Let’s turn our attention to the future of hockey within the NHL: next season. At this moment, no one really knows when the 2020-2021 season will begin, nor do they know how it will be played, or how many games it will entail. The only thing we know is that it will be played.
Commissioner Gary Bettman is aiming for a full slate of 82 games next season but admits that there are a lot of variables and unknowns mostly regarding Covid-19 issues.
“There’s no point in making definitive comments on our plans because there’s still too much we don’t know,” said Bettman. “Nobody can tell me whether or not the border between Canada and the United States is going to be open by a certain date, nobody can tell me what the state of COVID-19 is going to be, nobody can tell me whether or not our arenas will be able to have either socially distanced or fully occupied buildings.”
The league was able to circumvent the border issue for the bubbles by having strict quarantine orders in place for players and personnel in both the United States and Canada with US teams only travelling once through the border rather than back and forth. In the coming months, it’s likely that the border will remain closed as the pandemic is still out of control in portions of the the US. Certain hot spots of viral activity may be undesirable for travel or game playing. So, a bunch of different options are being considered including hybrid bubbles in certain regions. One division may just be an all-Canada team (Vancouver, Calgary, Edmonton, Winnipeg, Toronto, Ottawa, and Montreal).
Players freely complained about the limited options of bubble life and feeling isolated after being away from family for so long. The league had overpromised on many of the accommodations and amenities, including stating that families could come into the bubble after a certain point in the playoffs. As it turns out, only families that were already in Canada under quarantine conditions were allowed to enter. One would imagine that players would not be excited about the possibility of entering another bubble situation for a full season. One option that is being considered is the hybrid bubble model. Teams would play against the same opponents within the regional bubble for two weeks then return to their families for a week before going back to the bubble for two weeks. With this plan, each team would likely play 12 games a month which would make the season somewhere between 48-60 games for a regular season, depending upon how far they go into the calendar year. Since Bettman is promising full playoffs, it’s likely that April will be the cutoff month for the regular season. Unlike this season, there is a time crunch: NBC will start broadcasting the Tokyo Olympics in July 2021.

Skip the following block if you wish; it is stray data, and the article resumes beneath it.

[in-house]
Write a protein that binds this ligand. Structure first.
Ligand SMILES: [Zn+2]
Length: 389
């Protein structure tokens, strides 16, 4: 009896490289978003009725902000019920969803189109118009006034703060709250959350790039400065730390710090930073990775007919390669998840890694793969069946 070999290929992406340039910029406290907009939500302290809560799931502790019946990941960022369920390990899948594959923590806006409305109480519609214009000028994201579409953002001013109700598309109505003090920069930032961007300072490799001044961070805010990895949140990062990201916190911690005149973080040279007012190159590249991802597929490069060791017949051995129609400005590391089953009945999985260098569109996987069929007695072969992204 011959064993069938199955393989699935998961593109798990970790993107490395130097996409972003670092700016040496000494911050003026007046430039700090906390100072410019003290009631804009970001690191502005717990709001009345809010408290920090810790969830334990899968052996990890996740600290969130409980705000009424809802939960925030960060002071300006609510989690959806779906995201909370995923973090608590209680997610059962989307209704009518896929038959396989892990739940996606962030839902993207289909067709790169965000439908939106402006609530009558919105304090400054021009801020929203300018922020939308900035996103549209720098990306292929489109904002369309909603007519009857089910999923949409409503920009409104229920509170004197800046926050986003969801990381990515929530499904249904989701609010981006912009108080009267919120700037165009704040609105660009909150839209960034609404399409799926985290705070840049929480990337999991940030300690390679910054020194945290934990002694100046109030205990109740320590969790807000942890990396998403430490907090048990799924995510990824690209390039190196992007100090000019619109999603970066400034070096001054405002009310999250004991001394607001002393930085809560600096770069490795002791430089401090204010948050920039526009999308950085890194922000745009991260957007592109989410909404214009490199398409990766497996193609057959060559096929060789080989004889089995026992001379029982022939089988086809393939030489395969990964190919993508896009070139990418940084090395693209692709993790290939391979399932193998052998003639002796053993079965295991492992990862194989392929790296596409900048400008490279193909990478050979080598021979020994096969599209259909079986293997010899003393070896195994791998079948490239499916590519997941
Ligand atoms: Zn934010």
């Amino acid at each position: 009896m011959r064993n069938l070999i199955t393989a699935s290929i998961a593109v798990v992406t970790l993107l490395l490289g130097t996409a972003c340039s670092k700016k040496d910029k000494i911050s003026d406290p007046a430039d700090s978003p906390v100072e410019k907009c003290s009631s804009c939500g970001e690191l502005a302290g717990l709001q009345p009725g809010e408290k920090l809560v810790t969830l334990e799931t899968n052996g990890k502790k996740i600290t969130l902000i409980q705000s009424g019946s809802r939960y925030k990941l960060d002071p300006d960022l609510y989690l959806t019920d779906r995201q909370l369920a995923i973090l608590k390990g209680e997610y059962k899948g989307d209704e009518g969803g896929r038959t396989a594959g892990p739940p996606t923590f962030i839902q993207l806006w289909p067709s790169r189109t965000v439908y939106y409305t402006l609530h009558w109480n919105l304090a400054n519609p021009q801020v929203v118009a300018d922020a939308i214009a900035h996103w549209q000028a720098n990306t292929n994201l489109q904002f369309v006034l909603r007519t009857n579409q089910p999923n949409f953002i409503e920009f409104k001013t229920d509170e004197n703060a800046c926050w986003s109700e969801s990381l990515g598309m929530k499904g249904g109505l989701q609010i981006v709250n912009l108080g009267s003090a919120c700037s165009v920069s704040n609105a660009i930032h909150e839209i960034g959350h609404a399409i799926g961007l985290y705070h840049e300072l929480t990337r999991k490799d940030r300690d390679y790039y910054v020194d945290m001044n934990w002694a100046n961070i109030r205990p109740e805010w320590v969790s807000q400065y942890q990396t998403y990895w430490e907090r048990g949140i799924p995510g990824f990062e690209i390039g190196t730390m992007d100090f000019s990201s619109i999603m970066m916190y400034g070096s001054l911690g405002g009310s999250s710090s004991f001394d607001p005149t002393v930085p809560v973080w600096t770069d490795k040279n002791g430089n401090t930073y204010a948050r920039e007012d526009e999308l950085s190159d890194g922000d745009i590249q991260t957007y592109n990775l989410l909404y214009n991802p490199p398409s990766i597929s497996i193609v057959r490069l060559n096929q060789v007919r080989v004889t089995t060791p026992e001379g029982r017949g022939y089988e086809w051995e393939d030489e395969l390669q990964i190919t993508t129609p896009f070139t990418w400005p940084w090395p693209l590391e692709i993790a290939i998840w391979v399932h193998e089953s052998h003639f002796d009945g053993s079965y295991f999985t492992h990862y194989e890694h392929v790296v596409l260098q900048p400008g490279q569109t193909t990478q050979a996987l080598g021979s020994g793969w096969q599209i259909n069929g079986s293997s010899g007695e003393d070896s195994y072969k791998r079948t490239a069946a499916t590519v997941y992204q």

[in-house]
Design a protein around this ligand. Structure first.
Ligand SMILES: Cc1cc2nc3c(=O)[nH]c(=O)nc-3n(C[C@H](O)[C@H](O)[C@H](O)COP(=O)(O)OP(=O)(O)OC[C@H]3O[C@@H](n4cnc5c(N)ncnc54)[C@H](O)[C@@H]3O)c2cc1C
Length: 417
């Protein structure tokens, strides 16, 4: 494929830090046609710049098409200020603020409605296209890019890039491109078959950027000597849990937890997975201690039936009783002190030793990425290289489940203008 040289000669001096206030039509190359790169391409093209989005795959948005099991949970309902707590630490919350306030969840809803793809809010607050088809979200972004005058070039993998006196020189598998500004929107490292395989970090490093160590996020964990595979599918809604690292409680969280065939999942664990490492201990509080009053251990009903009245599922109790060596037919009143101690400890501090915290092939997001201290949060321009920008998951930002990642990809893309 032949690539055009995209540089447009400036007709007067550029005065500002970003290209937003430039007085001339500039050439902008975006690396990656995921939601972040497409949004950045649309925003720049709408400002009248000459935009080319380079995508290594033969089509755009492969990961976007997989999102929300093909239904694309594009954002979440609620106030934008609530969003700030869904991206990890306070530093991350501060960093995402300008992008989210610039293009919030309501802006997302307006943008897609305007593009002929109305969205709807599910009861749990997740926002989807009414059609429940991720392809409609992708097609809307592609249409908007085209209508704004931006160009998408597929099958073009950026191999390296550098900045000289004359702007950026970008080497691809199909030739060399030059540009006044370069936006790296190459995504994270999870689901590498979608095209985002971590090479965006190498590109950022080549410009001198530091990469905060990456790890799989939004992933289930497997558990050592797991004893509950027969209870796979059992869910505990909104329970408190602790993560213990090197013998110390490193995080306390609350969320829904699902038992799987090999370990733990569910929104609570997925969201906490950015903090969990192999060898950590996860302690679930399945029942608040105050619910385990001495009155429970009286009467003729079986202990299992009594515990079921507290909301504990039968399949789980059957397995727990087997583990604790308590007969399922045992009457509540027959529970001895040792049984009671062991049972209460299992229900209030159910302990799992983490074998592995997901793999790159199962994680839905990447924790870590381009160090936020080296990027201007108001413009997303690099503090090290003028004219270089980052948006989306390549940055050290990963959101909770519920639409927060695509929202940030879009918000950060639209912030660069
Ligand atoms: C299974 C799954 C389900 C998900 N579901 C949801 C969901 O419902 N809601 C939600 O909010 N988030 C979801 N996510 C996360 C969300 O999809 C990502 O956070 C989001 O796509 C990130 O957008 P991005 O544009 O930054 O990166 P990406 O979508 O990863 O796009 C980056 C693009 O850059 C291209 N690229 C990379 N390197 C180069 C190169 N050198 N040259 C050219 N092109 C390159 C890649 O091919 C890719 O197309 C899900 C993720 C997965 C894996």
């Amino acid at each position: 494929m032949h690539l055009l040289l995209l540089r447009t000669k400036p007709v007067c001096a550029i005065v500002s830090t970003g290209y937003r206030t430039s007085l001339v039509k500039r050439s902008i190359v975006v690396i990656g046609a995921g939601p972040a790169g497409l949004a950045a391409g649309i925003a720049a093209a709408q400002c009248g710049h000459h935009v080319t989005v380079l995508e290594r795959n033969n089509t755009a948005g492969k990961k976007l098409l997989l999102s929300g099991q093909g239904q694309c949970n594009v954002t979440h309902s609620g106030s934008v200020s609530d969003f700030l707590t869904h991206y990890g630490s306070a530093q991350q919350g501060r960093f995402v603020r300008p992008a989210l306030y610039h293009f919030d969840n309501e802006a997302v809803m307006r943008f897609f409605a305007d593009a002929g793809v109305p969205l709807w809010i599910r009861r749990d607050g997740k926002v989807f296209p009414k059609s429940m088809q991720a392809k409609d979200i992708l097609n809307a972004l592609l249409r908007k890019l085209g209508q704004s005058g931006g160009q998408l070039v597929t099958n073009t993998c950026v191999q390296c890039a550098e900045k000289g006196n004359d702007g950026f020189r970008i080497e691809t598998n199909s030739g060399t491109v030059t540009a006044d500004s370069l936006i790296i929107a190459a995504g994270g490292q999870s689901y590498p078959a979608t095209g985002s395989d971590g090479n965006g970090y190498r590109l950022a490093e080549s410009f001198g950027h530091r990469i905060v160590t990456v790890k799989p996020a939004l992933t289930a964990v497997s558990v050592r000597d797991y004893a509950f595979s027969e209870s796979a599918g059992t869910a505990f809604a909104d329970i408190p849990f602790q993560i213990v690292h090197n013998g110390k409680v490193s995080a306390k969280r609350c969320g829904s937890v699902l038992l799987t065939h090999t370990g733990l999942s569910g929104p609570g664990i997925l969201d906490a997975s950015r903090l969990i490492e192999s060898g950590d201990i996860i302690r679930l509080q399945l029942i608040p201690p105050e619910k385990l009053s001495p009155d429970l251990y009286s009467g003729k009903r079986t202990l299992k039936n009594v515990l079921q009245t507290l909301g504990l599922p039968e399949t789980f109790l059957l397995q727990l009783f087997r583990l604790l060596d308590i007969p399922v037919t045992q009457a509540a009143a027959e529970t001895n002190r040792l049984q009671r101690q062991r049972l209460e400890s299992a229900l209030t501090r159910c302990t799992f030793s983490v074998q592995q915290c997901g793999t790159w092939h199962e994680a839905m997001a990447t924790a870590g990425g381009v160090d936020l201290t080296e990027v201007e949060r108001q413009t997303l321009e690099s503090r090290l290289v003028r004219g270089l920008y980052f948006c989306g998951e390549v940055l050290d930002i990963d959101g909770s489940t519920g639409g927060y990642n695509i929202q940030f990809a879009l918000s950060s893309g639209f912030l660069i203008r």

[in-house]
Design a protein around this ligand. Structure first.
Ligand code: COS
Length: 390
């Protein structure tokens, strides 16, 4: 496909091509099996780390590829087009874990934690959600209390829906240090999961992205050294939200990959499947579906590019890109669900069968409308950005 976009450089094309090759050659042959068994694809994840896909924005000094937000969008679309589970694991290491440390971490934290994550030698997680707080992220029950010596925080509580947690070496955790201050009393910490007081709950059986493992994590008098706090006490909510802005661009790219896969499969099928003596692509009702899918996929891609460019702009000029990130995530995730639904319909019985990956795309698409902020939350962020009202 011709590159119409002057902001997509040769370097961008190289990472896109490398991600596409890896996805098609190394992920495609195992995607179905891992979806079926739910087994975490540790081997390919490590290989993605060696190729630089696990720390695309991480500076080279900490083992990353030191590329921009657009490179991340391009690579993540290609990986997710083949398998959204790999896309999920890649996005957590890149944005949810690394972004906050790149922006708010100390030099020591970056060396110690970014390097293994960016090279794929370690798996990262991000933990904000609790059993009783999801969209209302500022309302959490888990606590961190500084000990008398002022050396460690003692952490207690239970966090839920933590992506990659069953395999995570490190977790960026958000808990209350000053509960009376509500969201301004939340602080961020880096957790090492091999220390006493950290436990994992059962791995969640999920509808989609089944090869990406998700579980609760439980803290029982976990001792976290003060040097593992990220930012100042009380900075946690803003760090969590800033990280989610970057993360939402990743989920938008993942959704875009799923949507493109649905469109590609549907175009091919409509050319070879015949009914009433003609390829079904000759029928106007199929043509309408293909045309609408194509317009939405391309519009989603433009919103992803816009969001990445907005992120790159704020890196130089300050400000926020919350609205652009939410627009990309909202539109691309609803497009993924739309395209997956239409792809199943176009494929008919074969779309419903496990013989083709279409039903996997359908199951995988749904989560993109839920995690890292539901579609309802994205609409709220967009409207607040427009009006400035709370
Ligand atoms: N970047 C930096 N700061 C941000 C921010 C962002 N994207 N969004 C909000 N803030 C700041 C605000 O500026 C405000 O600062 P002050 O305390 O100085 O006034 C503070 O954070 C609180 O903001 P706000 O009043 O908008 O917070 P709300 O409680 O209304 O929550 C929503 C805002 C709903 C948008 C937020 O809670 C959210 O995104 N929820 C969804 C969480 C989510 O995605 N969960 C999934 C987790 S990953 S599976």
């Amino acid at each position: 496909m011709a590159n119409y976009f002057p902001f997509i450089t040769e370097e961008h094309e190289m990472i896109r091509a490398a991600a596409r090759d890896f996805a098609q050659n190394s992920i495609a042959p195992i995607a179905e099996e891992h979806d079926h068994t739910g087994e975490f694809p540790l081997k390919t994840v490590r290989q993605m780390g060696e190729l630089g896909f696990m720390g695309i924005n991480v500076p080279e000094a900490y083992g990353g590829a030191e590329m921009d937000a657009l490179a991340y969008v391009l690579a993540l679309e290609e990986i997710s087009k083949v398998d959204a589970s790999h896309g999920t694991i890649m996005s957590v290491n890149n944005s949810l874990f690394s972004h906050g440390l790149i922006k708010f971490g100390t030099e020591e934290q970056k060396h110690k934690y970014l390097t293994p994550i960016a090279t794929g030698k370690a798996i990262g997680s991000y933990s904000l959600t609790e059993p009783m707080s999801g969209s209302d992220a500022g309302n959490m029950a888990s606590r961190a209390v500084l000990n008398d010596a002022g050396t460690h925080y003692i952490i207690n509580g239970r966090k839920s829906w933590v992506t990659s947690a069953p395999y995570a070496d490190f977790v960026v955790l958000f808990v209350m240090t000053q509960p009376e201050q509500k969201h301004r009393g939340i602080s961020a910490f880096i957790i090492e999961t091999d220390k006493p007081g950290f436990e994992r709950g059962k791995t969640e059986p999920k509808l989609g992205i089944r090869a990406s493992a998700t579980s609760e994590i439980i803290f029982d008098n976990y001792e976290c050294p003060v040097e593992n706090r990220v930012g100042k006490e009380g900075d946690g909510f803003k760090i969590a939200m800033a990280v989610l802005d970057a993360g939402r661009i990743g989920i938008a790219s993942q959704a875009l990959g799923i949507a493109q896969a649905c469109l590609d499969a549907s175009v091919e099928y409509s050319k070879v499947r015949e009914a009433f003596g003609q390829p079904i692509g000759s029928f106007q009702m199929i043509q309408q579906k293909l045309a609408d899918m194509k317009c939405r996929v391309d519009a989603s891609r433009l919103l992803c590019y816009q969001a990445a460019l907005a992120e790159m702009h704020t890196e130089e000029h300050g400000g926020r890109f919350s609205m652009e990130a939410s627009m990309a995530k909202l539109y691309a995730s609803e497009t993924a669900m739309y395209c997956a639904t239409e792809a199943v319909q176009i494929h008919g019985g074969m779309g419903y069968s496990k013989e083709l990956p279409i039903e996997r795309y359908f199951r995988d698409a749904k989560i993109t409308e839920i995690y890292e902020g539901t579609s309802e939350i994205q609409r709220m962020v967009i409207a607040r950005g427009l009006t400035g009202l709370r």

The hybrid bubble plan includes a possibility of teams playing at their home rinks at some point, possibly with some amount of fans. It really depends upon how the many variables shake out. The way things are going here, I can’t imagine in-person attendance next season.